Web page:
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EX Dragon Frontiers
Flip 2 coins. If both are heads, search your
discard pile for a Basic Pokémon or Evolution
card, show it to your opponent, and put it into
your hand. If both are tails, search your
discard pile for a Trainer card, show it to your
opponent, and put it into your hand.
Trainers hit a low point in the Neo sets. There
were a few that were potent enough to hang with the
Base Set Trainers, most were either weak or flippy.
Old Rod is an example of this latter
problem. What makes it sad is that it is so close
to being a really useful card. Old Rod has a
25% chance of being a “free” Item Finder. It
also has a 25% chance of being half a Pokémon
Retriever (the half that lets you return a
Pokémon to hand). The problem is that half the time
it does nothing. I wouldn’t want the successful
part to be anymore potent: that tends to lead to
overpowered cards like Focus Band, even when
they are “tails fails” more than a potent but “safe”
card like Energy Removal 2 or Pokémon
Reversal (which were thought horrid when they
first came out). Still, I think with this card
needed was to get a Pokémon (as it does) on a
heads/tails split, and only do nothing on double
“tails” (getting a Trainer on double “heads”). A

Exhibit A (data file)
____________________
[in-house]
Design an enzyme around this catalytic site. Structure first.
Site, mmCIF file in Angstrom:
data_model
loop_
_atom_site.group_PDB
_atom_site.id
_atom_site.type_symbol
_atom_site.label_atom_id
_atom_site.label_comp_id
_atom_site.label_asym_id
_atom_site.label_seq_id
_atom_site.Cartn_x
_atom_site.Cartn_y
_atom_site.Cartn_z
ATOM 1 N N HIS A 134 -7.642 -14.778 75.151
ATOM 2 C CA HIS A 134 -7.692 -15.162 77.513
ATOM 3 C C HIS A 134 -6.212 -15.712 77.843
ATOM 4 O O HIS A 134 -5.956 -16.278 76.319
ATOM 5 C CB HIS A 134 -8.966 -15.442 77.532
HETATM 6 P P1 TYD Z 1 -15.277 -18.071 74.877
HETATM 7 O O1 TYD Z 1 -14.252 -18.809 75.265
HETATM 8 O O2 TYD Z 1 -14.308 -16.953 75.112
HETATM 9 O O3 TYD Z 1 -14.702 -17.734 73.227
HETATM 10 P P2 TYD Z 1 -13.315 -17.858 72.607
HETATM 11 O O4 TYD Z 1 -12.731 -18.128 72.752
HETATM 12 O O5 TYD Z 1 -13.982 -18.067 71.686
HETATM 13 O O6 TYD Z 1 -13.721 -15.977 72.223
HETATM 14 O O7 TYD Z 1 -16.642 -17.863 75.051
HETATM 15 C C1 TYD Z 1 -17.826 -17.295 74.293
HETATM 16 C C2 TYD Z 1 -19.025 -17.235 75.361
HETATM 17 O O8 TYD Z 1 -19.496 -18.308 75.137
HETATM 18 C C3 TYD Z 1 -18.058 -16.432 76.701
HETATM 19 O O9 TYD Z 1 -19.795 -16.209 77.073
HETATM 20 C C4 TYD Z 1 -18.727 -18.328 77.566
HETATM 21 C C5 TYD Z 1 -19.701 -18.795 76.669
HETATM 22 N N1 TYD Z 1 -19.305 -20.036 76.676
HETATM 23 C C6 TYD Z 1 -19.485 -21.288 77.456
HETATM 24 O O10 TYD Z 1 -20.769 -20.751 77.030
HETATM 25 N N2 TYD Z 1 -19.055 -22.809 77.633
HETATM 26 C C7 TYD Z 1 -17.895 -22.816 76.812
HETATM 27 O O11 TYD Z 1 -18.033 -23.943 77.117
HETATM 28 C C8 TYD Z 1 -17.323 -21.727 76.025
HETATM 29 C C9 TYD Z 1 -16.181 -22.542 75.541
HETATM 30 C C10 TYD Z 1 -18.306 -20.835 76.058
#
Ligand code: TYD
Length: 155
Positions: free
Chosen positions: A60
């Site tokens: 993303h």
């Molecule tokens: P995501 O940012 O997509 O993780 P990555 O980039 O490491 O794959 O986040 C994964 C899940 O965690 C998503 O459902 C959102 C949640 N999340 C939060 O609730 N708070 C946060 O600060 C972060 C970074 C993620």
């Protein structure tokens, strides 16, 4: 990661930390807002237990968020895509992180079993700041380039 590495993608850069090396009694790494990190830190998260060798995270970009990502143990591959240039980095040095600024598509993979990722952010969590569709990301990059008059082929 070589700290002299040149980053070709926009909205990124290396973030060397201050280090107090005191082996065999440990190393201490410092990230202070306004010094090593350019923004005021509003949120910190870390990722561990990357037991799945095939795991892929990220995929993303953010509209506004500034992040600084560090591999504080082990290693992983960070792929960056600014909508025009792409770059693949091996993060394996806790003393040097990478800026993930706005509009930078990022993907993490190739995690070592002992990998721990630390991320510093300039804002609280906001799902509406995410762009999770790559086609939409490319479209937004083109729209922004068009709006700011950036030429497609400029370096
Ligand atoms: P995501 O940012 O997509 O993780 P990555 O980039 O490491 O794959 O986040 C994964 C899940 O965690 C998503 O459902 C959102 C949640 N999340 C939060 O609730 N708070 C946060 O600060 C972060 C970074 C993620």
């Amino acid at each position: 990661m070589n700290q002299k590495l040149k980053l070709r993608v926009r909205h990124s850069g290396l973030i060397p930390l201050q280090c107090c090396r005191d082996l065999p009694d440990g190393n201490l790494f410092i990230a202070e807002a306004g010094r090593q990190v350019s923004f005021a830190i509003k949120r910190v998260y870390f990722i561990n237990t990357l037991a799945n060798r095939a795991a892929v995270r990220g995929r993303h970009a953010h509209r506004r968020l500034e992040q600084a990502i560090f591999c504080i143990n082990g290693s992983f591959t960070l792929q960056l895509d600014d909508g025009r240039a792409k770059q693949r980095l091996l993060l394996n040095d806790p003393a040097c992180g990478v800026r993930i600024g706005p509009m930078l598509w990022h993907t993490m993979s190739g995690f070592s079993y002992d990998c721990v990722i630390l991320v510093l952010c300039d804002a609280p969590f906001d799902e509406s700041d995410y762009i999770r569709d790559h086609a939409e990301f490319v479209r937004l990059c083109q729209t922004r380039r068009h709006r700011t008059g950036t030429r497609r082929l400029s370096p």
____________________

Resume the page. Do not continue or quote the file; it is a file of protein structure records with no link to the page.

quarter of the time it’d be a waste, but as long as
you had a useful Trainer in the discard, a quarter
of the time it’d rock as well, and half the time
you’d get something of potential value.
Okay, enough “what ifs”: I seriously doubt TPC’s R&D
read these CotDs, so what is the practical use for
the card? Well, if it wasn’t for Holon
Transceiver and the
Supporters: it may be limited to
said Supporters, but Holon Transceiver
isn’t flip based and can of course search your deck
Supporter as well.
There still might be one, very small, use though.
If you discover a deck that needs a lot of a certain
Trainer (and it isn’t a
Supporter), then it is the only Modified, Trainer
based form of Trainer recursion you’ll find. In the
future, maybe they’ll consider creating some
Trainers that are sort of the Trainer equivalent of
Pokémon* and thus recycling one might be worth the
effort, but realistically such cards would just
cause Pokémon that can recycle Trainers via attacks
to be worth trying, and even if not then Old Rod
would have to remain legal.
1/5 – We have Item Finder.
1.25/5 – We have the
4/5 – With resources so limited, the only reasons
even a 50% chance of recycling something doesn’t
score a perfect 5/5 are the fact you may not get
that many Trainers, you may not often draw into it
when you have that many in the discard, and you
might need the room in your deck for something more
reliable and/or needed by the deck. Old Rod,
even though recycling a Pokémon is so powerful here
(let alone a Trainer), would still just be optional
Good idea, poor execution, this card was from a time
when TPC seemed to be unable to find a happy middle
for Trainers: either they were too good or very
bad. Old Rod is probably best left on the
ash heap of TCG history, remembered for three
reasons: as an example of what not to do, a
challenge of how to make a card or cards to combo
with it an be worthwhile, or to try and inspire an
updated, useful-but-balanced modernization.